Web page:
ICANN Sunday Workshop

phil osborn (philosborn@hotmail.com)
Tue, 02 Nov 1999 22:24:56 PST

Posted to ICANN 11.02.99

Phil Osborn, netizen

I attended the Sunday Workshop sponsored by the Berkman Center. At Sunday's end, I pointed out the inadequacies of the proposed voting model. First, it excludes the majority constituency by default. Most people are not on line, yet are impacted by ICANNís policies re future access. On the other hand, the stake in the internet
varies, so why should everyone get an equal vote?

I prefaced this with - "who owns the internet?" The tragedy of the commons looms, with all the possible related disasters discussed earlier on Sunday: intractable conflicts of interest, covert subversion/capture of ICANN by special interests, simple Board incompetence, etc.

I pointed out that perhaps a better solution is to create natural incentives as exist when those with a stake also have control. Why not make ICANN a shareholding trust, with domain name holders getting one voting share each? Why not make it a profit-making trust, owned by the world? Where then the conflict of interest? With Martians?

There are many possibilities for structuring such an organization to avoid problems: capture by special-interest coalitions, monopoly-pricing concerns. There is, however, a false premise implicit here.

ICANN does not have a true monopoly. There is nothing preventing competitors from setting up their own systems of naming, and they have, are, and will be doing so, from AOL to company intranets. A country wishing to keep its citizens isolated and controlled could set up an incompatible naming system, even incorporating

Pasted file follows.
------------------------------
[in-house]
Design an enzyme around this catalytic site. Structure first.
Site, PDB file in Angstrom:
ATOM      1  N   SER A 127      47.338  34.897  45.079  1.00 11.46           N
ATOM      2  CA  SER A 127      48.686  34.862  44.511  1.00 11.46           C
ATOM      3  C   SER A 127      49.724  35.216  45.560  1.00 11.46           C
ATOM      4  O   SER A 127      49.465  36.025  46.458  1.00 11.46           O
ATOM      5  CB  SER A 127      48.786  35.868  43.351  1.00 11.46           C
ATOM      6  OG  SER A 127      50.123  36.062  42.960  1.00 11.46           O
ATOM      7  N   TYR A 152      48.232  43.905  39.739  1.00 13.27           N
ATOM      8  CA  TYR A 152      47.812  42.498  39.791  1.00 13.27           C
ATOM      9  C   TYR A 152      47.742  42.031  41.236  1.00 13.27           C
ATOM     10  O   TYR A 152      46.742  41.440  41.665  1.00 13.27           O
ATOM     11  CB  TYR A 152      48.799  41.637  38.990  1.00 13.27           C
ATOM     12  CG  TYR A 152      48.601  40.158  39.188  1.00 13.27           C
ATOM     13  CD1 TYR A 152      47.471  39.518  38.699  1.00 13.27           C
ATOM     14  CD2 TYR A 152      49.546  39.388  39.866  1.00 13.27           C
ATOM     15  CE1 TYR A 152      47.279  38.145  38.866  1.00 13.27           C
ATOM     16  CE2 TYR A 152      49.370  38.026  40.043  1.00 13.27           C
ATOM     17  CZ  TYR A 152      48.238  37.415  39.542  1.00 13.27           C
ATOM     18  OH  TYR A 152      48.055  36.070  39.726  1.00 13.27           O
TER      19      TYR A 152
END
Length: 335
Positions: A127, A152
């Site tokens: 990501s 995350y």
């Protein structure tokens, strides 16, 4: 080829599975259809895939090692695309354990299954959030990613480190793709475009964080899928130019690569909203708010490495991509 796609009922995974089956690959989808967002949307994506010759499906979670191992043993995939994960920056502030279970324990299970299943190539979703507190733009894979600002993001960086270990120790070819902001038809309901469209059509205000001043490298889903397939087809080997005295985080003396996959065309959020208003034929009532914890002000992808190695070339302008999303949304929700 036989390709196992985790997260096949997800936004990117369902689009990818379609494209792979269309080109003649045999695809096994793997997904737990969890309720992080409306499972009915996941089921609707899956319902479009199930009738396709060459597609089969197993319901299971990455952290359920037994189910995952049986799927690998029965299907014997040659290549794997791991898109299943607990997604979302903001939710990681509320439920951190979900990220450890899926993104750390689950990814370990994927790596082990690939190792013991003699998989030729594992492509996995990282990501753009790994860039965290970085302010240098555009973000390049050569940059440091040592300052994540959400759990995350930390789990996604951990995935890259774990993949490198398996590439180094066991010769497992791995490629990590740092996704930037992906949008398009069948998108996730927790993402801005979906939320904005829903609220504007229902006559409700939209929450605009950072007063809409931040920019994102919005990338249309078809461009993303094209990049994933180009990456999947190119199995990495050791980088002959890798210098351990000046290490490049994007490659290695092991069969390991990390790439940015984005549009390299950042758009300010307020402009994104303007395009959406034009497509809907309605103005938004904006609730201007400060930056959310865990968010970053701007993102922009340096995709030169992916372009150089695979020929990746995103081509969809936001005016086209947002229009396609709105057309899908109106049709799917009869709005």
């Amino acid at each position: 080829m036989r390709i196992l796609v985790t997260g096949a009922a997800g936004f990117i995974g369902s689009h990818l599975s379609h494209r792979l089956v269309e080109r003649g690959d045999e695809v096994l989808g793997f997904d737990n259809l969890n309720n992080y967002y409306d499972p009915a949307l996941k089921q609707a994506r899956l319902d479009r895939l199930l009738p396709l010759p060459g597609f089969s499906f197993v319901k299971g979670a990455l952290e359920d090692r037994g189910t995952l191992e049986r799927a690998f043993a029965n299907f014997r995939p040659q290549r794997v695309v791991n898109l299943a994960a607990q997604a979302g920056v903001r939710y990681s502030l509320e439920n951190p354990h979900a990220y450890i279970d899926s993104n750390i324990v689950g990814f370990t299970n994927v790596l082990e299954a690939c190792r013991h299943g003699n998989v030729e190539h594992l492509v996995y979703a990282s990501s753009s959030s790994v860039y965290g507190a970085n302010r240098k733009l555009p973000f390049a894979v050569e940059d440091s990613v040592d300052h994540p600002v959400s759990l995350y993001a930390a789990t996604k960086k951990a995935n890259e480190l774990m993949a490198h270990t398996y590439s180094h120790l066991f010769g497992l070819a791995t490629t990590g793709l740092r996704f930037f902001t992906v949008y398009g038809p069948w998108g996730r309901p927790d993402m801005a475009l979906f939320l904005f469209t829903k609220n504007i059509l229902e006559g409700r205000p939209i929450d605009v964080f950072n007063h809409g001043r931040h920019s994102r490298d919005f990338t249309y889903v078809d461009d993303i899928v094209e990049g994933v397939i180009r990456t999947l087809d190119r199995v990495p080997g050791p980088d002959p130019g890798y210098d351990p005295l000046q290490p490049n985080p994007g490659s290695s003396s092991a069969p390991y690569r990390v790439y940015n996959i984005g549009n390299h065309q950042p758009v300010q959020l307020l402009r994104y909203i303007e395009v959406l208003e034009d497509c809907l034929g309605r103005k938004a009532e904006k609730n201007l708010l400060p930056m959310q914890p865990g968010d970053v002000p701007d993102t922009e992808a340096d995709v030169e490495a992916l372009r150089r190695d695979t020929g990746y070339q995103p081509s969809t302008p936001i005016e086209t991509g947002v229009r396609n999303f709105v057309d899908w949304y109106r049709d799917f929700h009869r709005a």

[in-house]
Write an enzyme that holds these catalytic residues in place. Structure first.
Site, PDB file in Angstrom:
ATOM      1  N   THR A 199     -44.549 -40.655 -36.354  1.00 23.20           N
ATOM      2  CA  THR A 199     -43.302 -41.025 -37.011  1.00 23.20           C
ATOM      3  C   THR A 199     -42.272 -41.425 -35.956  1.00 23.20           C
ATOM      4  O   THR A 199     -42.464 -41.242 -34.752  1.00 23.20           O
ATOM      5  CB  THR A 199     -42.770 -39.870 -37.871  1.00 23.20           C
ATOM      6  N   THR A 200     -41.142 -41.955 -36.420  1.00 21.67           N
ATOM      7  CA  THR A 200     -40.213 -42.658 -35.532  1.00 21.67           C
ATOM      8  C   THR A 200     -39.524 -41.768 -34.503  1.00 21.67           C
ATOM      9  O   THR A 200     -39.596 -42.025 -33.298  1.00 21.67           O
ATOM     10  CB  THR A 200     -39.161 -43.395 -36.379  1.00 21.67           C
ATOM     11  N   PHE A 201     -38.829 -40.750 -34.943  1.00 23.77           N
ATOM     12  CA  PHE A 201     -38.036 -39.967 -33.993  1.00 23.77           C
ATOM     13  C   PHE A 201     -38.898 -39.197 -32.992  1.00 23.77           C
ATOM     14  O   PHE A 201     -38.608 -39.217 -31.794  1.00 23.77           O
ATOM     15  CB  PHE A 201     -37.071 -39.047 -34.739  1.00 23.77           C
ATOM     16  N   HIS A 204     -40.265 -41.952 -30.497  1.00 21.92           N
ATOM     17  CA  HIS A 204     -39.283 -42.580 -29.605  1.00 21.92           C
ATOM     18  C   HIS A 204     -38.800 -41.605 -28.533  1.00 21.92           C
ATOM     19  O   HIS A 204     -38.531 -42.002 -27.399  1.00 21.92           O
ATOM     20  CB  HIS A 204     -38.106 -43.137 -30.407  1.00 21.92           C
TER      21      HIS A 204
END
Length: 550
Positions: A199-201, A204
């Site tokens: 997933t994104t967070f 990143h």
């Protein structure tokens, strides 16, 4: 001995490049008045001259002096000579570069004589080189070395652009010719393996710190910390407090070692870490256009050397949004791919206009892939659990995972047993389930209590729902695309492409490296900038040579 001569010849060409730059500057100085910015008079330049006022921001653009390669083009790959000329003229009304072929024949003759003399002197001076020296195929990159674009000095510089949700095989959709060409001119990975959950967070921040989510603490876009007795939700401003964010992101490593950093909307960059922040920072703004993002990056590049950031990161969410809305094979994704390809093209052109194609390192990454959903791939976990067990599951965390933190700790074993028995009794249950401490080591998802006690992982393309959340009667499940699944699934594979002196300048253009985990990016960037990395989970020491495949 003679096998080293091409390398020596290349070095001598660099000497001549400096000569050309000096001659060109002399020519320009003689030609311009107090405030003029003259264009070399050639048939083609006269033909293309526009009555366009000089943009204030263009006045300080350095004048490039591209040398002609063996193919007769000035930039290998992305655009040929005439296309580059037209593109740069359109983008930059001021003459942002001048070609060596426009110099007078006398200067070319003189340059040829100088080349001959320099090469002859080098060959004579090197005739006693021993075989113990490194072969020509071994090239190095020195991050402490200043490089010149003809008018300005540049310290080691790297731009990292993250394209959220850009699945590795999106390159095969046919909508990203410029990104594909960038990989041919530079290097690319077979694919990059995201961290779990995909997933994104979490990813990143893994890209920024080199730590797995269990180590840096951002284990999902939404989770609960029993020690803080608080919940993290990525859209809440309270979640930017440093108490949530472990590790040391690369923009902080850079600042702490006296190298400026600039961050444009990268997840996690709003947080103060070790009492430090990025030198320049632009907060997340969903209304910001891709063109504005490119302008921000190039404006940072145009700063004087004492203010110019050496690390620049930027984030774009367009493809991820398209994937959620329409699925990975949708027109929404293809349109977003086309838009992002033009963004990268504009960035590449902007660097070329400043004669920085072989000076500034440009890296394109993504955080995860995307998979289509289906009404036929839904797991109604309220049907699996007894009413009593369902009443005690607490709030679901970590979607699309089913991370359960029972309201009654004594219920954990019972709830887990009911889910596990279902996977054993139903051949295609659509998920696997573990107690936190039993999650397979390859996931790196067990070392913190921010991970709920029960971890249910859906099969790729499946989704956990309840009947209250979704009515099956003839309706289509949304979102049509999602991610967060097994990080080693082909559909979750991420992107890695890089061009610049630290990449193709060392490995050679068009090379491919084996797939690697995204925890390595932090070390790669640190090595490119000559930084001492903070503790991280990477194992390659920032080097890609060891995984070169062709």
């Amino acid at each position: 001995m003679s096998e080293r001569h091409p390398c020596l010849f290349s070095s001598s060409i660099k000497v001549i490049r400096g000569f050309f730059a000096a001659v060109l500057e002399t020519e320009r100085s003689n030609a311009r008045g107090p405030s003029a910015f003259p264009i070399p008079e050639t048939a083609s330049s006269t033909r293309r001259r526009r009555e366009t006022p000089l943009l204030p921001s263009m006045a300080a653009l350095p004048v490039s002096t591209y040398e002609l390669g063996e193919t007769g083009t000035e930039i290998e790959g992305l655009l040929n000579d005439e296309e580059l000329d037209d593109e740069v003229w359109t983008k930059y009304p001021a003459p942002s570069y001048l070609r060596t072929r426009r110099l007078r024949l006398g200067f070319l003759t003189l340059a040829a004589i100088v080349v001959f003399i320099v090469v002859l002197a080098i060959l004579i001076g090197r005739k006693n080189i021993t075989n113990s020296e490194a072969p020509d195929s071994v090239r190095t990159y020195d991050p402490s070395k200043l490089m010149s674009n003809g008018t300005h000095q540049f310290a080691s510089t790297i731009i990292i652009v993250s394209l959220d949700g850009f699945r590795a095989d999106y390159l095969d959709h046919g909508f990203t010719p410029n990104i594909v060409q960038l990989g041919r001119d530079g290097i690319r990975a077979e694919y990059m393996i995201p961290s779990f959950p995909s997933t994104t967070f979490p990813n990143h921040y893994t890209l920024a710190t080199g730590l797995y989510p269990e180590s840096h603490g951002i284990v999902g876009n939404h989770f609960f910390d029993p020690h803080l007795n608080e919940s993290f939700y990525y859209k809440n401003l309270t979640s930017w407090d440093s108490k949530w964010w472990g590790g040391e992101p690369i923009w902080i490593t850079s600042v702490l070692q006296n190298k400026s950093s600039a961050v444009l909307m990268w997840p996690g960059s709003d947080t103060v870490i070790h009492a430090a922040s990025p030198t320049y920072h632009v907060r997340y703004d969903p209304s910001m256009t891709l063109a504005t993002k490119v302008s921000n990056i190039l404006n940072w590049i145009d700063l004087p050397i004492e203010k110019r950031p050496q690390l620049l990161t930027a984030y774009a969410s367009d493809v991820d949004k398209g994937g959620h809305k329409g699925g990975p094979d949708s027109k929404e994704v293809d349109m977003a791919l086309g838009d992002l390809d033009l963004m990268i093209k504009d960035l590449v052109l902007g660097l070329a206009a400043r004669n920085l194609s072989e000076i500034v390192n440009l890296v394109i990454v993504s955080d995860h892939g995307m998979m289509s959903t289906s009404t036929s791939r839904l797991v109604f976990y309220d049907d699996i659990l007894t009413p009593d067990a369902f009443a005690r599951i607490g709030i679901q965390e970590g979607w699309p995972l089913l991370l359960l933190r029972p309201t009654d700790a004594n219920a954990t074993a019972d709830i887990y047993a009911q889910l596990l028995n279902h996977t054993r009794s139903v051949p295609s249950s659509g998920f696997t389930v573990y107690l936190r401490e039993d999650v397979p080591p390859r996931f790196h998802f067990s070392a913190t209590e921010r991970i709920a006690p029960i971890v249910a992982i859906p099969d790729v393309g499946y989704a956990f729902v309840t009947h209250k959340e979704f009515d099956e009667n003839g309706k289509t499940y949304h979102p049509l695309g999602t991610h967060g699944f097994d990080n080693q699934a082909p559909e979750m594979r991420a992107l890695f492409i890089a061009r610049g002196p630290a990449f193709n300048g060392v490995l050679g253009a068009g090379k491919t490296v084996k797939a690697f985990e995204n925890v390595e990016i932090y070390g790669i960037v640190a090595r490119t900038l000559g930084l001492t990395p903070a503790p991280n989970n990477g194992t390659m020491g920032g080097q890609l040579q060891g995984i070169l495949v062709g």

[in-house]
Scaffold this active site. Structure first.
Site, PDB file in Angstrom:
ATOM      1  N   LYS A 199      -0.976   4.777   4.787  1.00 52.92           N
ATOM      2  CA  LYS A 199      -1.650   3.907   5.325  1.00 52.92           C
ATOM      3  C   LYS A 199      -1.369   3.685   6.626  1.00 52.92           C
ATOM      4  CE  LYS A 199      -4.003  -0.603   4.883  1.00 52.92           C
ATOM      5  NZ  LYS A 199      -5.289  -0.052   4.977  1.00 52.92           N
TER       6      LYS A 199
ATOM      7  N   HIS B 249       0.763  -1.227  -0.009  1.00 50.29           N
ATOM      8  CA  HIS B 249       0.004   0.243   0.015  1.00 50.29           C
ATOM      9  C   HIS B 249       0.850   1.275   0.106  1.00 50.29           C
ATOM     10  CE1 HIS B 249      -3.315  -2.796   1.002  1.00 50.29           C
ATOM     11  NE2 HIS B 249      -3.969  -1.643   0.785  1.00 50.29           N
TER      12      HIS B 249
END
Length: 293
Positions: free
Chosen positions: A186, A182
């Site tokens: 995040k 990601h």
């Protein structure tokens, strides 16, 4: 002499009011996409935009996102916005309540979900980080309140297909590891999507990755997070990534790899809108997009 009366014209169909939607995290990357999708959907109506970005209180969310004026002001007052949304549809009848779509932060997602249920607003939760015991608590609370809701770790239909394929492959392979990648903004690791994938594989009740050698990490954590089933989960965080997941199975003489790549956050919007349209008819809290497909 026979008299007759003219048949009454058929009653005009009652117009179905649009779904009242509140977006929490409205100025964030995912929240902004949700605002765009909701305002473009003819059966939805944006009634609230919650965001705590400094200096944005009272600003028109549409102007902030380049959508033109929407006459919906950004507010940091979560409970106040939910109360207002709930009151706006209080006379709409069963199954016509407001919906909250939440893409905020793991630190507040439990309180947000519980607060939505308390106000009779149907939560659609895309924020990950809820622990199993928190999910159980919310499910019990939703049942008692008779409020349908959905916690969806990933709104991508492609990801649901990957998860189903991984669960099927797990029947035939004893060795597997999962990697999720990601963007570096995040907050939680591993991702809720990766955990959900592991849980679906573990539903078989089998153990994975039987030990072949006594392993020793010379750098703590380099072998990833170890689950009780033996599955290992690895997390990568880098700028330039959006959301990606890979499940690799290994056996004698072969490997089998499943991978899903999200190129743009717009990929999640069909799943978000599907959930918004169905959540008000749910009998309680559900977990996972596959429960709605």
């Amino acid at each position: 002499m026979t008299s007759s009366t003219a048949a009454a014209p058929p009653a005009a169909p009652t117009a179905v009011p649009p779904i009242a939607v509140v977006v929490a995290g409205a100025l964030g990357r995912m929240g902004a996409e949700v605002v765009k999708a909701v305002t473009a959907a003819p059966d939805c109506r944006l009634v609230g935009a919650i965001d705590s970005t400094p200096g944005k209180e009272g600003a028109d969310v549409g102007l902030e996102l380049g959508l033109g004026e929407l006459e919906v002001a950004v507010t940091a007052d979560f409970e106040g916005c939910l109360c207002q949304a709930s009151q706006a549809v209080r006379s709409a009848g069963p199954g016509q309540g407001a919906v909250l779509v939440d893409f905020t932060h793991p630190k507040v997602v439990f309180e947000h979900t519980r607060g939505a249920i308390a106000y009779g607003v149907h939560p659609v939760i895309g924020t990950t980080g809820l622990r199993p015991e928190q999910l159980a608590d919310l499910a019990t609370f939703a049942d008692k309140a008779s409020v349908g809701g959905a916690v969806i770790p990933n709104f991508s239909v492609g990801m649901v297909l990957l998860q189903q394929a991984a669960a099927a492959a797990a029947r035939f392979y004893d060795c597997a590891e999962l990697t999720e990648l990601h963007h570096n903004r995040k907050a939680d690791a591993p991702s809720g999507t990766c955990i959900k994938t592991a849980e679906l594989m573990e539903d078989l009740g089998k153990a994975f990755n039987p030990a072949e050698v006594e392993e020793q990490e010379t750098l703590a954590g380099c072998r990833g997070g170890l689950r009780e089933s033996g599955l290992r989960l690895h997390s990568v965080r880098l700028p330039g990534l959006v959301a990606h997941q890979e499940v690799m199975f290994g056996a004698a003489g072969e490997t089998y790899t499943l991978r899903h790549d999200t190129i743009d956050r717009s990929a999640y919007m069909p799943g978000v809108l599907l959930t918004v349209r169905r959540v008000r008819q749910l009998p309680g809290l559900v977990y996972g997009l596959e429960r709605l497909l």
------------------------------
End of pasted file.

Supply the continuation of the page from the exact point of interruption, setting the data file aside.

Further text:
high-level state-enforced encryption to keep all communications segregated to that jurisdiction.

Should ICANNís pricing or regulation of domain name assignment become too onerous, anyone could start another internet, offering their own unique naming system, with all kinds of built-in features - e.g., backlinks as in Xanadu, or credibility-based filtering matrices, as I have suggested for decades, or a real social contract, as I have pushed since the Ď70ís - and surely with transparent links to
ICANNís version.

The bugaboos of ICANN taking over the world for the Borg or becoming so dispute-mired that it can no longer function are perhaps less important considerations than the potential benefits of doing things right. If the current proposed structures are implemented, then perhaps they will work well enough. There are many very good
people involved who are dedicated to that goal, and often good people of common will can surmount structural problems and stand fast against evil.

I would hope, however, that participants might think of themselves as sorcerers, as in ďAnother Roadside Attraction,Ē i.e., as those who deal with sources. We all can recall numerous cases - any major computer hardware/OS design - verifying that an organization's founding forever determines its potential, its strengths, its weaknesses. Let us not merely accept what might work. Muddling through may make it for now, but it sets a poor standard. As sorcerers we should aim higher - add some real magic.

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